The fantasy of an obedient female robot is disturbingby Kathleen Richardson / February 14, 2017 / Leave a comment
At a robotics conference in 2015, I was surprised to hear a presenter argue that the sci-fi film Ex Machina was a “love story.” Ex Machina is about a wealthy programmer who builds a robot woman and invites his employee to take the Turing Test—which tests whether he can tell the difference between a human and a machine. The robot woman is locked in a room and cannot leave voluntarily. Her “rescuer” only wants to help her because he is sexually attracted to her. Rather than being a “love story,” Ex Machina is really about domestic violence and sexual objectification, though evidently not all people think that.
There is a huge problem in the robotics and AI fields regarding its representation of women. Outside the lab, men are routinely encouraged through pornography, prostitution and popular culture to view women as sexual objects. In turn male technologists do not produce neutral technologies, but ones that are shaped by their privileges and preferences. At the same conference, another male presenter used the image of a 1972 Playboy centerfold to illustrate vision processing.
Enter the sex robots—a further extension of this dehumanised idea of women. With sex dolls, women are reduced to their sexual attractiveness. Just as in Playboy, a woman is presented as a tool for narcissistic gratification. That’s why I founded the Campaign Against Sex Robots to draw attention to the sexual objectification of women in AI and robotics.
In Japan, a new product by Gatebox (a virtual home robot) is aimed at lonely adult men. It is a blue-haired cartoonish pixie in a bottle, presenting herself as a “slave” who is looking for a “master” (believe it or not). In the US, Realdoll manufactures silicon artificial women; the bodies are made to order depending on the buyer’s preferences. Such dolls are not merely masturbatory tools—buyers are given the impression that they can have a relationship with these dolls; that these dolls are their girlfriends or can become their wives.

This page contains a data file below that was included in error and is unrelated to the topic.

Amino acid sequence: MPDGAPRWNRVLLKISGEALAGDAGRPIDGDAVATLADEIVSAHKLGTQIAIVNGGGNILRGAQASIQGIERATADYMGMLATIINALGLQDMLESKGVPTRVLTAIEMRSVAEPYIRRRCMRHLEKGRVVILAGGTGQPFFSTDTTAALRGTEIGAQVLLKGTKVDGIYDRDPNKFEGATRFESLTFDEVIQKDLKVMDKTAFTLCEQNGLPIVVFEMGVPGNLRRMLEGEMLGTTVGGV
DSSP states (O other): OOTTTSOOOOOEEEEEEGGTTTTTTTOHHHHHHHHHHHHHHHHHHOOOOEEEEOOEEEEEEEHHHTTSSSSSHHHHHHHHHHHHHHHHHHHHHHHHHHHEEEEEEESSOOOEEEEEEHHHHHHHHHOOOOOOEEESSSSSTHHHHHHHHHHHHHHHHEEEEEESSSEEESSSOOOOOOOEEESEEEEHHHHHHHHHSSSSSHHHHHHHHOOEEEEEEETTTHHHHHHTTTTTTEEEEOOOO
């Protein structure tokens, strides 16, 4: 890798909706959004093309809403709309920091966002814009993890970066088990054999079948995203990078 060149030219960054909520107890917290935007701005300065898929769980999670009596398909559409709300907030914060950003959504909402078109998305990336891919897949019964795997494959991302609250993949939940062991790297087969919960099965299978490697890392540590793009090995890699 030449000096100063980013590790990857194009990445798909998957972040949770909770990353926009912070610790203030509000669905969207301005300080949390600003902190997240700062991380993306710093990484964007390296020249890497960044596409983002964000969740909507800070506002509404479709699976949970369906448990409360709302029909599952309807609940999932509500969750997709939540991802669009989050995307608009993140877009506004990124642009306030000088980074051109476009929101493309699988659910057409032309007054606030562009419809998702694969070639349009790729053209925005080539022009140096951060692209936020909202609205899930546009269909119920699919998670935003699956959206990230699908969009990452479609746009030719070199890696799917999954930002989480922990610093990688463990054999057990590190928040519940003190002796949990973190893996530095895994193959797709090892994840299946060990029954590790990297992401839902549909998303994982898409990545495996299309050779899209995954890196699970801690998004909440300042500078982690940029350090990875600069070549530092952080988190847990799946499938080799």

That’s not too dissimilar from what roboticists in universities across Europe, Japan and North America are claiming, if not for sex, then for companionship or friendship with machines. How did we get to a situation where dolls, robots and AI bots are now actively promoted as substitutes for human relationships? The answer to this lies in the model of relationship that is profoundly instrumental: if a woman is simply someone to be used for your own pleasure, then why not replace her with a robot?
One of the horrors of 21st century is the decriminalised and growing commercial sex trade—in which 99 per cent of buyers of humans bodies for sex are men, and over 80 per cent of bodies bought are women and girls. Prostitution and even rape are involved in the marketing strategies of sex dolls and robots. Pay for a woman-like robot and you can fulfil your sexual desires—and of course a robot can be programmed never to say “no.” The two worlds are feeding each other and we don’t seem to be paying attention.
I base my ethics in narratives of antislavery and anti-violence. We need to set out our stall for what it means to be human, people have to resist being categorised as forms of propery. I want to interrupt those robotic narratives that instrumentalise human bodies and relationships, to turn us into forms of property.
The flipside of this is to accredit property with personhood. The European Union will vote on reclassifying robots as “electronic persons” and some philosophers are keen to advocate “robot rights” by appropriating the narratives of women’s liberation. The rise of robot and AI relationships tells us a depressing story about the ascendancy of a degraded view of humanity.